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Transcript
National Aeronautics and Space Administration
THESTAR
A
P U B L I C A T I O N
O F
N A S A’S
WITNESS
“A M A Z I N G
S P A C E”
E D U C A T I O N
P R O G R A M
Special Feature
Hubble Offers a Dazzling View of Necklace Nebula
By NASA’s Amazing Space reporters
Sept. 2011
A
Sun-like star’s last
gasps have caught the
eye of astronomers. They
used the Hubble Space Telescope
to view the Necklace Nebula, socalled because of its resemblance
to a piece of glittering jewelry.
The nebula consists of a bright
ring, measuring 12 trillion
miles wide and dotted with
pearls of glowing gas. The
object is the glowing remains
of an ordinary, Sun-like star,
called a planetary nebula.
What’s in a name?
The planetary nebula name is a
misnomer because these objects
have nothing to do with planets.
They acquired their name
more than 100 years ago when
astronomers looking through
small, crude telescopes saw them
as compact, round, green-colored
Continued, page 2…
IMAGE: NASA, ESA, and The Hubble Heritage Team (STScI/AURA)
The Necklace Nebula: This Hubble image of the Necklace Nebula reveals a
glowing ring of gas that resembles a necklace. The bright dot in the center of the
ring is actually two stars orbiting close together. One of the stars is near the end of
its life and created the planetary nebula. The estimated age of the ring is around
5,000 years. The nebula is 15,000 light-years from Earth. Astronomers discovered
the nebula in November 2005 with the Isaac Newton Telescope during a survey of
planetary nebulas.
Continued from page 1…
A gallery of nebulas
objects that looked like the
planet Uranus.
A planetary nebula forms when a
dying star expels its outer layers
of material into space after it
runs out of fuel to sustain nuclear
reactions in its core. Our Sun will
undergo a similar process, but
not for another 5 billion years.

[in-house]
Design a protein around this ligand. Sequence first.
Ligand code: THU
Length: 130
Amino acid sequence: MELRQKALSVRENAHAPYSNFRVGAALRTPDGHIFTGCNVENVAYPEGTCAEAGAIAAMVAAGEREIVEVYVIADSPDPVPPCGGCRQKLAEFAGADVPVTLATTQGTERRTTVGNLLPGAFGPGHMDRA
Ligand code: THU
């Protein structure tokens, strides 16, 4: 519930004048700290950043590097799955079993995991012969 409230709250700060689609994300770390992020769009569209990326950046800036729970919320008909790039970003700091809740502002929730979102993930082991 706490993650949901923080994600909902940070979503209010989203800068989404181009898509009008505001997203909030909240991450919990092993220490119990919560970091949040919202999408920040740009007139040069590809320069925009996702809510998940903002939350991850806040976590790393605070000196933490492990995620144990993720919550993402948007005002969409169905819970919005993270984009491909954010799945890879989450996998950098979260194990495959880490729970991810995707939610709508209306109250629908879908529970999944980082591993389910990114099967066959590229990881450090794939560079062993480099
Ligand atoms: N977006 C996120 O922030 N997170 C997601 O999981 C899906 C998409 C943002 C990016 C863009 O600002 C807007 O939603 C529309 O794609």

Planetary nebulas fade gradually
over tens of thousands of years.
The hot remains of the star’s
core will eventually cool off for
billions of years as a white dwarf.
These Hubble images show that planetary nebulas
come in many different shapes.
Cat’s Eye Nebula
Hourglass Nebula
Going out in style
Astronomers have used Hubble
to collect a rich assortment of
planetary nebulas. Many of
them, including the Cat’s Eye,
the Hourglass, the Helix, and
the Spirograph, have names that
describe their shapes. Planetary
nebulas are like snowflakes:
No two are exactly alike.
IMAGE: NASA, ESA, HEIC, and The Hubble
Heritage Team (STScI/AURA)
Helix Nebula
IMAGE: Raghvendra Sahai and John Trauger
(JPL), the WFPC2 science team, and NASA
Spirograph Nebula
Several ideas explain the diverse
shapes. One idea is that some
stars eject their material several
times at the end of their lives.
Another idea is that gravitational
interactions with companion stars
in two-star systems create some of
the intricate shapes.
The unique shapes are a work of
art that everyone can appreciate.
IMAGE: NASA, NOAO, ESA, the Hubble
Helix Nebula Team, M. Meixner (STScI),
and T.A. Rector (NRAO)
amazing-space.stsci.edu
2
IMAGE: NASA and The Hubble Heritage
Team (STScI/AURA)
SEE MORE Hubble images
and read more Star Witness
news stories at Amazing
Space, NASA’s award-winning
educational website for K-12
students and teachers.
www.nasa.gov